In this week’s Marijuana Market Update, I provide an update on cannabis legalization in the United States. I also answer a viewer’s question on how to break into cannabis investing.

Let’s get into it.

State of U.S. Cannabis Legalization

The biggest hope and dream of every cannabis investor is that Congress will get itself in gear and  legalize cannabis at the federal level.

An April 2021 poll by the Pew Research Center found that 60% of Americans believe both medical and recreational marijuana should be legalized in the U.S.

Around 31% of respondents said only medical marijuana should be legalized.

However you slice it, more than 90% of Americans believe marijuana should be a legal substance in the U.S.

However, lawmakers in Washington continue to view marijuana the way alcohol was looked at before prohibition in the early 1900s.

So, as I’ve said before, states need to push cannabis legalization.

And, so far, that seems to work.

In 2020, cannabis advocates scored victories as voters approved recreational legalization in Arizona, Montana, New Jersey and South Dakota. Additionally, Mississippi and South Dakota approved medical cannabis — despite courts overturning the will of voters in those two states.

Last year, New York, Virginia, New Mexico and Connecticut also approved recreational cannabis.

2022 Midterms Are Important for Cannabis Legalization

We can now look ahead to the next big election cycle: the midterm congressional elections later this year.

Control of both the U.S. House of Representatives and the Senate will be up for grabs.

Instead of broad control, cannabis companies and investors should look at individual states considering cannabis referendums.

According to a recent article by Marijuana Business Daily, eight states could vote on legalization questions in the upcoming election.

There are strong efforts to get recreational measures placed on the ballot in Arkansas, Missouri, North Dakota, Ohio and Oklahoma. The Maryland state legislature is poised to use legislation to get the question on the ballot.

Voters in Idaho and Nebraska could vote to legalize medical-use marijuana.

If recreational cannabis measures are passed in those states, it would bring the number of states with legalized adult-use cannabis to 24 (including Guam and the District of Columbia).

So, almost half the states in the U.S. could have recreational adult-use cannabis by this time next year!

For more on cannabis legalization efforts in other states, click here to watch the rest of my latest Marijuana Market Update.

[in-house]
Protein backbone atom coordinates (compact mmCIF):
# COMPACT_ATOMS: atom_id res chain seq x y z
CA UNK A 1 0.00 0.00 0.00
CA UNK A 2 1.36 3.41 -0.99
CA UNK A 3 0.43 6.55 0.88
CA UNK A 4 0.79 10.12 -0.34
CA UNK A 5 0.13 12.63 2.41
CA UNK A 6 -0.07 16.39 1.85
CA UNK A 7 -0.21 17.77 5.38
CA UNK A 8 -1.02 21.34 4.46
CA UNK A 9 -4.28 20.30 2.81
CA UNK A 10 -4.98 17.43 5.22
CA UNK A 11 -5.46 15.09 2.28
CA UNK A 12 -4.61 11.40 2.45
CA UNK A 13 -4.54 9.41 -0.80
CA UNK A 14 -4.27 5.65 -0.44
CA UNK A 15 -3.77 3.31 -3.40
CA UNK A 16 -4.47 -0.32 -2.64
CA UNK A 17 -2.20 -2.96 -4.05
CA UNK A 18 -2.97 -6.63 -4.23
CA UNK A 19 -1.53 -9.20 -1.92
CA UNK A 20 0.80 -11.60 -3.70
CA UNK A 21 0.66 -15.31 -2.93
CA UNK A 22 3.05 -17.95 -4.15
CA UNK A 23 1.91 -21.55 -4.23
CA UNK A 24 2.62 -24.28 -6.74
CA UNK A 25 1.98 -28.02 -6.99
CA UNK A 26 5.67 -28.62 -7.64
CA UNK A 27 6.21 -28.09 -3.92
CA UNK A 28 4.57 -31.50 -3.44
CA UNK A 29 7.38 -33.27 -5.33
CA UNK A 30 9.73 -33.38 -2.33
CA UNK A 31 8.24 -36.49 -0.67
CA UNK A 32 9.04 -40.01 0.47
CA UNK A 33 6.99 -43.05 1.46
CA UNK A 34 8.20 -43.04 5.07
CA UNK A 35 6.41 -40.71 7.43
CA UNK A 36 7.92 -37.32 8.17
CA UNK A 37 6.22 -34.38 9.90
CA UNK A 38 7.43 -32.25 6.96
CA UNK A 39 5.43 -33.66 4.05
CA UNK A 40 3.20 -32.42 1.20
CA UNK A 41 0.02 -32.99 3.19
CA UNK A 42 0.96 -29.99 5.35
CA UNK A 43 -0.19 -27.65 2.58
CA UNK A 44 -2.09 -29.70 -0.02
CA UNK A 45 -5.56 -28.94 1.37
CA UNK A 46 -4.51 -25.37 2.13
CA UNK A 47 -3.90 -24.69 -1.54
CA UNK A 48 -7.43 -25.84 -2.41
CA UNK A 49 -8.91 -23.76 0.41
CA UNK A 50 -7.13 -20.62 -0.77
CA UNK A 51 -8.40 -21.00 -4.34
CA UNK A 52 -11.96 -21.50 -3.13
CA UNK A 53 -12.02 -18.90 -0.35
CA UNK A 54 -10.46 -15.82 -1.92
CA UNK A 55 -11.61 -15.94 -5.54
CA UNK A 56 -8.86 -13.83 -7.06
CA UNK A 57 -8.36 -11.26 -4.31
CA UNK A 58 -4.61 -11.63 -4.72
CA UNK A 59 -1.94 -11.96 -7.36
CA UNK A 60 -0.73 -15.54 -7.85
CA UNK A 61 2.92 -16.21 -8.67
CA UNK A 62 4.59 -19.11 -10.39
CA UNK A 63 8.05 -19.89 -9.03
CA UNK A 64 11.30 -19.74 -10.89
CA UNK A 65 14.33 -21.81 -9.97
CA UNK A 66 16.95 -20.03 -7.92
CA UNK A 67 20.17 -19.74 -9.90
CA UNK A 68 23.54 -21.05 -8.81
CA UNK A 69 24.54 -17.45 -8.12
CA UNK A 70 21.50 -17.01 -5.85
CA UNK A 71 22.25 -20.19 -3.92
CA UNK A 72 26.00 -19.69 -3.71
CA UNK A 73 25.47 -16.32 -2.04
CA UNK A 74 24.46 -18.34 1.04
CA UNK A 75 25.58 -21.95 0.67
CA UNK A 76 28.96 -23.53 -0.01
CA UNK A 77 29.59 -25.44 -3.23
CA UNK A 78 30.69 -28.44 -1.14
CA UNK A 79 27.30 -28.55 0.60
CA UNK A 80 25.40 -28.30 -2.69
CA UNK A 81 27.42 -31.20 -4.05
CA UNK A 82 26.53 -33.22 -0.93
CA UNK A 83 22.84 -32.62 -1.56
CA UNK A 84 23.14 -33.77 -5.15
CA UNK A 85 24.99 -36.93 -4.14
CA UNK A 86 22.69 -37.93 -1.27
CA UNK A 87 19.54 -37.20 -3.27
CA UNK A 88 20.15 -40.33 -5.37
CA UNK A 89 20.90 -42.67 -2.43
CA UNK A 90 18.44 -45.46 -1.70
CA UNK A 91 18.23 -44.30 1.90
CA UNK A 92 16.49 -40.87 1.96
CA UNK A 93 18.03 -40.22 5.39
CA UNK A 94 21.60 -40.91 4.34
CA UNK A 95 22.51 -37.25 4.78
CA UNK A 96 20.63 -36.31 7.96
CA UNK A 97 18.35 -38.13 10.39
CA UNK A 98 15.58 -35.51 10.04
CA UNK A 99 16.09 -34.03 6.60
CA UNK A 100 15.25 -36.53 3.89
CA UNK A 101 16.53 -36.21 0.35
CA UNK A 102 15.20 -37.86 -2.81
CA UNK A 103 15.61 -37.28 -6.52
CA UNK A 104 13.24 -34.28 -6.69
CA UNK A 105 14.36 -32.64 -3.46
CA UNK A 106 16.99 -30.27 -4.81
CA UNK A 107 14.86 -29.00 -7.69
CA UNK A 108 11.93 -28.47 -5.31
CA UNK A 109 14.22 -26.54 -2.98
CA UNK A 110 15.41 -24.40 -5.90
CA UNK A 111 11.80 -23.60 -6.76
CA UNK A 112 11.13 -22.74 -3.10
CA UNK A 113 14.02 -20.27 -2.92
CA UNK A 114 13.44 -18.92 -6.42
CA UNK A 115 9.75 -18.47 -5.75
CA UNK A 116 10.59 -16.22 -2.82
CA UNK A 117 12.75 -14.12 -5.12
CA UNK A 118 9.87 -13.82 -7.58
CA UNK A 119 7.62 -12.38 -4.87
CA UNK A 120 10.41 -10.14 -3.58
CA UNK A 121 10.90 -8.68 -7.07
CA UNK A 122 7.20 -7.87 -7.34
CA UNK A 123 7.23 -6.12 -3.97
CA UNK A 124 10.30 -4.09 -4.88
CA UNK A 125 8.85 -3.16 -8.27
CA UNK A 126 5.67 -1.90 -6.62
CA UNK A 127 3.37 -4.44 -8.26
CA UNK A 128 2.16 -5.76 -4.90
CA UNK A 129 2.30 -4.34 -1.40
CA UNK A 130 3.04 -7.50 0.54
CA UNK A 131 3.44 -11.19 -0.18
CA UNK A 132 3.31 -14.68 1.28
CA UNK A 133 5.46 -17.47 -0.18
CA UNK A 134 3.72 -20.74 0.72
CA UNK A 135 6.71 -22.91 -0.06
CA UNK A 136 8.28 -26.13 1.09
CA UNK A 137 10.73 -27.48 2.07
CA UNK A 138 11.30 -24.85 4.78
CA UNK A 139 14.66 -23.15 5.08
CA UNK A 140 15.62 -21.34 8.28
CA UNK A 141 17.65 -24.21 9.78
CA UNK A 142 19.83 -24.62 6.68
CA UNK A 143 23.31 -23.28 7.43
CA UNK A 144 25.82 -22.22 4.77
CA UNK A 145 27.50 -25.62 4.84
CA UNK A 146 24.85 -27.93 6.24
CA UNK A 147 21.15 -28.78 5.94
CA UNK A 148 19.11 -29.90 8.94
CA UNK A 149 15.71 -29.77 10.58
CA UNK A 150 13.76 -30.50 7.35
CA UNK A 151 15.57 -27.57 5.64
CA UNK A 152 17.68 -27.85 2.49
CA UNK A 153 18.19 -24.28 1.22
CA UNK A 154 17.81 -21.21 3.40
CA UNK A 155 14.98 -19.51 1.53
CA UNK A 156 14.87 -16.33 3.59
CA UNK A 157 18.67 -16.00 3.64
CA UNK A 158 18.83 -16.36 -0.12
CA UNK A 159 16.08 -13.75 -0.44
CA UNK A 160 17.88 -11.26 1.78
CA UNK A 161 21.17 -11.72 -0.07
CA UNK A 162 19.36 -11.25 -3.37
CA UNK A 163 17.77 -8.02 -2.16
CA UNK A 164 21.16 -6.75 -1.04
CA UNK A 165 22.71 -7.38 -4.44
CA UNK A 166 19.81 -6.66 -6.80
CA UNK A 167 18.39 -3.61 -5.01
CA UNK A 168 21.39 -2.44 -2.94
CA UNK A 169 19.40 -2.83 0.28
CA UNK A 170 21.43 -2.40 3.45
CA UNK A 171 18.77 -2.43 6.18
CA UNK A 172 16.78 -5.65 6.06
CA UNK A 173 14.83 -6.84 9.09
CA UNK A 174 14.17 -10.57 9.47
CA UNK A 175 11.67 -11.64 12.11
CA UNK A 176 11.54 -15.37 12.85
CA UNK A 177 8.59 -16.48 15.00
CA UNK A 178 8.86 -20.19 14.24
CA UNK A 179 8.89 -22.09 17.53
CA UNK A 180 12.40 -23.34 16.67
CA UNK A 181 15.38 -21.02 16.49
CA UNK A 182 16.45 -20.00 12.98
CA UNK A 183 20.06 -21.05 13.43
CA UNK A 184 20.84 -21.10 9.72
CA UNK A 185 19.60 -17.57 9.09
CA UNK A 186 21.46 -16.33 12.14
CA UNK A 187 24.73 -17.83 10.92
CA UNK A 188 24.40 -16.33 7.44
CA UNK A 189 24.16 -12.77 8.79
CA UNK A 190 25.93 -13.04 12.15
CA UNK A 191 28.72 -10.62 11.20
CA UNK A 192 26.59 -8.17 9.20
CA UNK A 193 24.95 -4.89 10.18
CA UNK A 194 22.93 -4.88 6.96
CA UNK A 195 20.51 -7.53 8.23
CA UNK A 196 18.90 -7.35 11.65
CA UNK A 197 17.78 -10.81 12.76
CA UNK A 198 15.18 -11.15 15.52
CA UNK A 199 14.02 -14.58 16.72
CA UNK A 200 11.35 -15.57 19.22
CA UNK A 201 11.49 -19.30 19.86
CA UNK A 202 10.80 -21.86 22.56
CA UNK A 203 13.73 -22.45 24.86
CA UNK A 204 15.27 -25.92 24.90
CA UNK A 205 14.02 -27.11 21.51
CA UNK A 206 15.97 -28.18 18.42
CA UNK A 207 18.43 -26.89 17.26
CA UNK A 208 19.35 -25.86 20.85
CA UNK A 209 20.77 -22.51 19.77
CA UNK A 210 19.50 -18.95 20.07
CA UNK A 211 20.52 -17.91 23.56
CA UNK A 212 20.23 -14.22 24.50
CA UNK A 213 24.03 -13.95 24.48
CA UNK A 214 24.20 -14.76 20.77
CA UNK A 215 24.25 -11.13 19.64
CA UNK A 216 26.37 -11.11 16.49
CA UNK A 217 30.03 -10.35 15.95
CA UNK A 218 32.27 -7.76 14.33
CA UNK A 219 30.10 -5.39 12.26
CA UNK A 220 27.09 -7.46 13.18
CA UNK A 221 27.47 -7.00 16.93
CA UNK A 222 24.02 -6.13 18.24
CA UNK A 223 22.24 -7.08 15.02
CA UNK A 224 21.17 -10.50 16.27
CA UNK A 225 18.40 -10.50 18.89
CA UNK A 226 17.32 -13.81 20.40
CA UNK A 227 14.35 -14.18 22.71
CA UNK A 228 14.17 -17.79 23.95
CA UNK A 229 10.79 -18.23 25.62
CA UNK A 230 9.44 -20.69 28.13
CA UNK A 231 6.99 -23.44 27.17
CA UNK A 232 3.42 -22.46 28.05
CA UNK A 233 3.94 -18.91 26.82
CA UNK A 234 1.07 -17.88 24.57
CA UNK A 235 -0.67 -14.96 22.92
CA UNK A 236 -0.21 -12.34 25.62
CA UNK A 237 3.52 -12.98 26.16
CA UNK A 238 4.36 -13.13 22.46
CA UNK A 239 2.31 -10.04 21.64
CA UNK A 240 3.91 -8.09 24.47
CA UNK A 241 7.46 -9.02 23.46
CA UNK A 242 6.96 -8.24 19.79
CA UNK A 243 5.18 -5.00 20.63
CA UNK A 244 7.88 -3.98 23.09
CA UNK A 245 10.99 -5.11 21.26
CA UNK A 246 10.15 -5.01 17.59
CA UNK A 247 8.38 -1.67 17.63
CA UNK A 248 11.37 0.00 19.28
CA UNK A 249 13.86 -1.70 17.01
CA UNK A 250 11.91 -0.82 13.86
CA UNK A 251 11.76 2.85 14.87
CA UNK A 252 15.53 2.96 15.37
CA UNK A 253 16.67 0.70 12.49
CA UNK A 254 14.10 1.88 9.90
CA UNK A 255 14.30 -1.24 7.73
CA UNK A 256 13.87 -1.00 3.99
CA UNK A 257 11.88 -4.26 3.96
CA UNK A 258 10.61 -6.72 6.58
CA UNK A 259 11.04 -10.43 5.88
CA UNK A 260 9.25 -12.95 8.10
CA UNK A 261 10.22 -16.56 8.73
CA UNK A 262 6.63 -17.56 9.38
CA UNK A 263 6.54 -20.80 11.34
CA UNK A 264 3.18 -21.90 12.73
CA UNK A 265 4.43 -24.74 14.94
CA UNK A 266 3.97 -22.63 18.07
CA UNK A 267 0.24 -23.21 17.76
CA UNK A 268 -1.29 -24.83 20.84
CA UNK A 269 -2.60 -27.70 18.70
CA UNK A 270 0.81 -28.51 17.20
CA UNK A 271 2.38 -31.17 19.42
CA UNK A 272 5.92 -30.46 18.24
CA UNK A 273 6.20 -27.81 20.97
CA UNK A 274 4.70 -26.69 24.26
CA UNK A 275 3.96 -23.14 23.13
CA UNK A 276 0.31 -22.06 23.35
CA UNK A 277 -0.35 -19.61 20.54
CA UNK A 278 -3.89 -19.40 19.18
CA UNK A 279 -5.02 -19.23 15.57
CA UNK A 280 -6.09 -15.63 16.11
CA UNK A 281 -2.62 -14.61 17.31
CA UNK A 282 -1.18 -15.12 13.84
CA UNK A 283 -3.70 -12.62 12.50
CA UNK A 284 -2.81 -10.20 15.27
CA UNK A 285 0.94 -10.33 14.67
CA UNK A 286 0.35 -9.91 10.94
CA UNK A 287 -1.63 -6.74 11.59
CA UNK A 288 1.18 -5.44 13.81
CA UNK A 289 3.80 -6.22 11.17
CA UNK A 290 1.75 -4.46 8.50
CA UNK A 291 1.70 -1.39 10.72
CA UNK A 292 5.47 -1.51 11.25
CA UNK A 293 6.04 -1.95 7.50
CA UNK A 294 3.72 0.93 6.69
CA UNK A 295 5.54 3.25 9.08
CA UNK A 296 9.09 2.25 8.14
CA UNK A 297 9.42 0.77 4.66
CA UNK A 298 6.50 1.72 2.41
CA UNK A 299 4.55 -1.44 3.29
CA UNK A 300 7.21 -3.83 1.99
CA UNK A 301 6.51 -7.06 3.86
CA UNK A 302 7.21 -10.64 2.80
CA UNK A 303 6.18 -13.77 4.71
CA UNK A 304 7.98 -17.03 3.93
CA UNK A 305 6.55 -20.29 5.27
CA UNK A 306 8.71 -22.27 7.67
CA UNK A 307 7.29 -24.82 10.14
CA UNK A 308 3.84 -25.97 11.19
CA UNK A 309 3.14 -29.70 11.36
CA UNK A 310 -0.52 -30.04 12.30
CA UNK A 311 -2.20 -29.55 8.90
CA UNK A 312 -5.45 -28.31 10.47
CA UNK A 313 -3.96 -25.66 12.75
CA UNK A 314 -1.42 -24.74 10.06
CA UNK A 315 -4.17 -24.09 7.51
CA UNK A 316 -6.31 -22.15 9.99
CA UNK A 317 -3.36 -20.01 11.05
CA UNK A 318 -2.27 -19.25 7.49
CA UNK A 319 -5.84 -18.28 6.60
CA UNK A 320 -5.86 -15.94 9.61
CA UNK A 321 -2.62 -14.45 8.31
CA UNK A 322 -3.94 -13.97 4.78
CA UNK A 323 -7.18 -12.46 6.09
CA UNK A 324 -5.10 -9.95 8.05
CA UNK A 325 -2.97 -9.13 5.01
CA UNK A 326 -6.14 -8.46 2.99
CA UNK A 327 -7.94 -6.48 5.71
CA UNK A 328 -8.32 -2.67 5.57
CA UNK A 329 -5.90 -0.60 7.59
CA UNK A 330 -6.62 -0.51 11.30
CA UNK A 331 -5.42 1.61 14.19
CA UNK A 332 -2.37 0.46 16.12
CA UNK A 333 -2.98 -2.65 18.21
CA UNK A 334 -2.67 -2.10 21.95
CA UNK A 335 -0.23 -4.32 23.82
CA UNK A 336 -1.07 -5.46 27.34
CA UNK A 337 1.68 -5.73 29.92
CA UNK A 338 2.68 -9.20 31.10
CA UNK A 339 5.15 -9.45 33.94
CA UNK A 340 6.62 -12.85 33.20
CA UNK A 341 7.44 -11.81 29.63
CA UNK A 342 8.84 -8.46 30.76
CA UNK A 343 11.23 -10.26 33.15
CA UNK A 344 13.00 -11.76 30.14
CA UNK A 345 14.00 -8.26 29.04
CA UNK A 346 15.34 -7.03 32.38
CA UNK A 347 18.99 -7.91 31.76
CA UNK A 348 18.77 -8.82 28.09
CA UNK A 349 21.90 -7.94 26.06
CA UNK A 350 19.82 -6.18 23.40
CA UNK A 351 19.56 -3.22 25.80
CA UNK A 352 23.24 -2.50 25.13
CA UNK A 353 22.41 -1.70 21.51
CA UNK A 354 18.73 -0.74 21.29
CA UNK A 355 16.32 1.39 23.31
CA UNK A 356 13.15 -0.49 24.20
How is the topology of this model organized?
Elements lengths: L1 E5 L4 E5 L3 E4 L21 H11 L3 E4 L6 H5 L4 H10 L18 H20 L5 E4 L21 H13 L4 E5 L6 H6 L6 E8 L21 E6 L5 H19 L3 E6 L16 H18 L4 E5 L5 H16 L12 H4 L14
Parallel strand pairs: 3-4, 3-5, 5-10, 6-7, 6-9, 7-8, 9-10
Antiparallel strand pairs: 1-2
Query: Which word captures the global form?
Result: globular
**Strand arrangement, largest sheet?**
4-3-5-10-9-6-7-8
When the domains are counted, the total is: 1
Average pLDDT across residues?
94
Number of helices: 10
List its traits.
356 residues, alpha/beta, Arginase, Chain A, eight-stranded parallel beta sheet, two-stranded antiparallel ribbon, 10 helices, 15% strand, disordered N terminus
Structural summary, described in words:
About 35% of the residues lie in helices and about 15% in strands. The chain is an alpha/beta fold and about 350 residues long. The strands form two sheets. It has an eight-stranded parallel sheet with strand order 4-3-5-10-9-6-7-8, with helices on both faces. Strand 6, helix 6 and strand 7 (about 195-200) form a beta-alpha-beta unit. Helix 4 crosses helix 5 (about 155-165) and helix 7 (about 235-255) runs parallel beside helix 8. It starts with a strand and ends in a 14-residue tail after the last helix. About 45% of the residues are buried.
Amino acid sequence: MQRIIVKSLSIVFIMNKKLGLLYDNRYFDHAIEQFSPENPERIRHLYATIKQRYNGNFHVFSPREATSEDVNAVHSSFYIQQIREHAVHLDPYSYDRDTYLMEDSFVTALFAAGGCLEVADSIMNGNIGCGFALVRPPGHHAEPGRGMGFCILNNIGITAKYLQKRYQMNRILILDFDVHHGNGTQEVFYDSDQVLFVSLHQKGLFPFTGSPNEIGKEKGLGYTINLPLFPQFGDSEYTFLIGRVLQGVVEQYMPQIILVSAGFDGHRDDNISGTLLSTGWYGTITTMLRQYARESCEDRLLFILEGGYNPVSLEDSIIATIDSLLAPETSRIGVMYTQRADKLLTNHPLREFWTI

Viewer Response

Gary emailed me at and said:

I could shoot myself for not trusting my first instinct, which was cannabis, but I bought gold and silver instead. I would like to buy a good cannabis stock or two. Any suggestions regarding a trade would be much appreciated. Thanks. — Gary

Gary, thanks for your email. The answer to your question is tricky.

While I can’t advise you on your specific portfolio, I can tell you what you (or other new cannabis investors) should look for in a potential cannabis investment.

One thing to keep in mind is that the market is volatile right now. The broader market is down, and cannabis stocks have faced some significant headwinds since reaching highs in February 2021.

There are a boatload of small, low-priced, over-the-counter stocks out there. But be careful. A lot of these are thinly traded and won’t provide much in the way of gains.

It’s easy to think that these kinds of stocks could produce the cannabis version of IBM or Amazon, but with the state of cannabis in the U.S., that’s not likely soon.

That said, you don’t have to aim for a higher-priced equity either.

3 Ideas for Cannabis Investing

If you are looking to break into the cannabis market, I would start with a few ideas:

  1. Look at a cannabis ETF — There are a few cannabis exchange-traded funds that invest in several different cannabis companies, so the ETF shareholders don’t have to. Some tickers to look at include: MSOS, MJ, YOLO, POTX, CNBS, THCX and TOKE. The benefit here is diversification and dividends.
  2. Explore REITs — These real estate investment trusts are companies that own and operate real estate used for specific sectors, including cannabis. IIPR, NLCP, AFCG and PW are tickers you can look at here. These REITs have performed a bit better than traditional cannabis stocks (I talked about this in a previous update). These REITs also pay dividends to shareholders.
  3. Then, there are individual cannabis stocks — If ETFs or REITs don’t interest you, you are left with looking for individual cannabis stocks. Consider that currently, most cannabis stocks move in lockstep with each other, and the entire market is waiting on a big headline to push it forward. If you were looking at individual stocks, multi-state operators, or MSOs would be the place to start.

So, Gary, there is no easy way to answer your question, but you (along with any other new cannabis investors) do have some options to get started. If you find something that interests you, email me, and I would be happy to give you some analysis or comparison.

Again, thanks for your email and remember, we are going to reach out and get you set up with some free Money & Markets gear.

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Where to Find Us

Coming up this week, we’ll have more on The Bull & The Bear podcast, so stay tuned.

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Safe trading,


Matt Clark, CMSA®
Research Analyst, Money & Markets

Matt Clark is the research analyst for Money & Markets. He is a certified Capital Markets & Securities Analyst with the Corporate Finance Institute and a contributor to Seeking Alpha. Prior to joining Money & Markets, he was a journalist and editor for 25 years, covering college sports, business and politics.